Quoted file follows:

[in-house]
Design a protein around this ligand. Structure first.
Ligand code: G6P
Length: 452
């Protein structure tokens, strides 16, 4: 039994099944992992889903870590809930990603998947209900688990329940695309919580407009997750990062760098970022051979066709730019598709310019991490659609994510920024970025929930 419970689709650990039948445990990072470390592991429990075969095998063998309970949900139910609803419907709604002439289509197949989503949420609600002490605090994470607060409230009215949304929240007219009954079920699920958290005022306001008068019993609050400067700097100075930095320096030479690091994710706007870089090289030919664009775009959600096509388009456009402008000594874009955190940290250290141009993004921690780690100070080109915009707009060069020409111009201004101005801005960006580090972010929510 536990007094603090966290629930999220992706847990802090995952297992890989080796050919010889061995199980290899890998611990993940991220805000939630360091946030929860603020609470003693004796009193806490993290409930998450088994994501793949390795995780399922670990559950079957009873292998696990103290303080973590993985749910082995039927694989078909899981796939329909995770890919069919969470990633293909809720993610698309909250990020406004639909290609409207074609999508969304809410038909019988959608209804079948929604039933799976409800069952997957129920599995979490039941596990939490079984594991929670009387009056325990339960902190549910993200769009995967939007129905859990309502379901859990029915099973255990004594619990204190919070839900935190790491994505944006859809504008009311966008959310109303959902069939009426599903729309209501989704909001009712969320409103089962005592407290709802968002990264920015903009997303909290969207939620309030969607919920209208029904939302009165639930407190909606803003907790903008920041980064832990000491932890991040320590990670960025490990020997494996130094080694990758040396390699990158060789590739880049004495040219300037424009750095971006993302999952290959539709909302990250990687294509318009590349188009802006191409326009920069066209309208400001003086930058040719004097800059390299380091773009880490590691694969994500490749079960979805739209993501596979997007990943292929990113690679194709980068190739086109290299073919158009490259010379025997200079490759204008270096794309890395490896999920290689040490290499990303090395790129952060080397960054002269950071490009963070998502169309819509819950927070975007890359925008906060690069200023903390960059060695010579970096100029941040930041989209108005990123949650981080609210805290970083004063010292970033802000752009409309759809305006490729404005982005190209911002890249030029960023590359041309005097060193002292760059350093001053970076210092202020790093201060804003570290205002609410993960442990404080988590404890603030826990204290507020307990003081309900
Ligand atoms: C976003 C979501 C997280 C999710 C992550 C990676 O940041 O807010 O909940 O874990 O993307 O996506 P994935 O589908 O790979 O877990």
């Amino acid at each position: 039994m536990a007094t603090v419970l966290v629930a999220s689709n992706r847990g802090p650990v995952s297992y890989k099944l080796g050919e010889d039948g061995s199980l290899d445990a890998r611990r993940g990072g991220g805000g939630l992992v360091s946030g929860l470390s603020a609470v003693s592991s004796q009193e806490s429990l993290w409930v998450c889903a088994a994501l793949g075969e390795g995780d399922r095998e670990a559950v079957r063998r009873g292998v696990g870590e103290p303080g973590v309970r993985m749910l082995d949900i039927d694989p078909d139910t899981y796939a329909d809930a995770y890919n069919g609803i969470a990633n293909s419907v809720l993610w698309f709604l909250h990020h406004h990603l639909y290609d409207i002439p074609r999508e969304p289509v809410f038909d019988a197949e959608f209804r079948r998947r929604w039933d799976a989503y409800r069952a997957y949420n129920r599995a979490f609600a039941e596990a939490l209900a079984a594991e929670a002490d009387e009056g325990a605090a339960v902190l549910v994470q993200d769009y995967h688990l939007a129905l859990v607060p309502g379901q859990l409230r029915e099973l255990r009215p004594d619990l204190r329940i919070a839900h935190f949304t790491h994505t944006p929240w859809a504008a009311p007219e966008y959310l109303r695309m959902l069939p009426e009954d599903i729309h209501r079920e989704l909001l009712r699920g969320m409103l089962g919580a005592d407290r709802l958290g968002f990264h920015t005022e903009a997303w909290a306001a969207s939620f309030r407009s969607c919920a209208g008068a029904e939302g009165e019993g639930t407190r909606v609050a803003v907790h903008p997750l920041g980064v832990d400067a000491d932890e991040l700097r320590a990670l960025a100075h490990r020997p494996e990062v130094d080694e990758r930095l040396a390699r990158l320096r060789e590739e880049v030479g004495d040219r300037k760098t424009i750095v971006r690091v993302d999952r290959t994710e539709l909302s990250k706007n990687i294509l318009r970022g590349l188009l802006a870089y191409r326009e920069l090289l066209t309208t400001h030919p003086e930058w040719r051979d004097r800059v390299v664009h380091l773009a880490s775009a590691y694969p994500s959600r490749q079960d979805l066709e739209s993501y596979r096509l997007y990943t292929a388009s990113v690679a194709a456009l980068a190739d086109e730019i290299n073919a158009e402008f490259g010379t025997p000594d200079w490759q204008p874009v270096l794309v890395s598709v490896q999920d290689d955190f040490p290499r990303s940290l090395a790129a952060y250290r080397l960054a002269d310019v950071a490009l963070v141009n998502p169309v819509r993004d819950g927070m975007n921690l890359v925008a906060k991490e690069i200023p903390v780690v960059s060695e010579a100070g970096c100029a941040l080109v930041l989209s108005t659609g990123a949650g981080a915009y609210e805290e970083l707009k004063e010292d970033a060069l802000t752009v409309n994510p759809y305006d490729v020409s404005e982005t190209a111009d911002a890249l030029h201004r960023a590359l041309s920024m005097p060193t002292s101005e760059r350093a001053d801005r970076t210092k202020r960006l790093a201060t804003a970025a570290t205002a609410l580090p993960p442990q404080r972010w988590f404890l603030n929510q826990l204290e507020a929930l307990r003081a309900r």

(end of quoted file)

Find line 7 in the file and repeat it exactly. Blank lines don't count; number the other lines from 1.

């Amino acid at each position: 039994m536990a007094t603090v419970l966290v629930a999220s689709n992706r847990g802090p650990v995952s297992y890989k099944l080796g050919e010889d039948g061995s199980l290899d445990a890998r611990r993940g990072g991220g805000g939630l992992v360091s946030g929860l470390s603020a609470v003693s592991s004796q009193e806490s429990l993290w409930v998450c889903a088994a994501l793949g075969e390795g995780d399922r095998e670990a559950v079957r063998r009873g292998v696990g870590e103290p303080g973590v309970r993985m749910l082995d949900i039927d694989p078909d139910t899981y796939a329909d809930a995770y890919n069919g609803i969470a990633n293909s419907v809720l993610w698309f709604l909250h990020h406004h990603l639909y290609d409207i002439p074609r999508e969304p289509v809410f038909d019988a197949e959608f209804r079948r998947r929604w039933d799976a989503y409800r069952a997957y949420n129920r599995a979490f609600a039941e596990a939490l209900a079984a594991e929670a002490d009387e009056g325990a605090a339960v902190l549910v994470q993200d769009y995967h688990l939007a129905l859990v607060p309502g379901q859990l409230r029915e099973l255990r009215p004594d619990l204190r329940i919070a839900h935190f949304t790491h994505t944006p929240w859809a504008a009311p007219e966008y959310l109303r695309m959902l069939p009426e009954d599903i729309h209501r079920e989704l909001l009712r699920g969320m409103l089962g919580a005592d407290r709802l958290g968002f990264h920015t005022e903009a997303w909290a306001a969207s939620f309030r407009s969607c919920a209208g008068a029904e939302g009165e019993g639930t407190r909606v609050a803003v907790h903008p997750l920041g980064v832990d400067a000491d932890e991040l700097r320590a990670l960025a100075h490990r020997p494996e990062v130094d080694e990758r930095l040396a390699r990158l320096r060789e590739e880049v030479g004495d040219r300037k760098t424009i750095v971006r690091v993302d999952r290959t994710e539709l909302s990250k706007n990687i294509l318009r970022g590349l188009l802006a870089y191409r326009e920069l090289l066209t309208t400001h030919p003086e930058w040719r051979d004097r800059v390299v664009h380091l773009a880490s775009a590691y694969p994500s959600r490749q079960d979805l066709e739209s993501y596979r096509l997007y990943t292929a388009s990113v690679a194709a456009l980068a190739d086109e730019i290299n073919a158009e402008f490259g010379t025997p000594d200079w490759q204008p874009v270096l794309v890395s598709v490896q999920d290689d955190f040490p290499r990303s940290l090395a790129a952060y250290r080397l960054a002269d310019v950071a490009l963070v141009n998502p169309v819509r993004d819950g927070m975007n921690l890359v925008a906060k991490e690069i200023p903390v780690v960059s060695e010579a100070g970096c100029a941040l080109v930041l989209s108005t659609g990123a949650g981080a915009y609210e805290e970083l707009k004063e010292d970033a060069l802000t752009v409309n994510p759809y305006d490729v020409s404005e982005t190209a111009d911002a890249l030029h201004r960023a590359l041309s920024m005097p060193t002292s101005e760059r350093a001053d801005r970076t210092k202020r960006l790093a201060t804003a970025a570290t205002a609410l580090p993960p442990q404080r972010w988590f404890l603030n929510q826990l204290e507020a929930l307990r003081a309900r």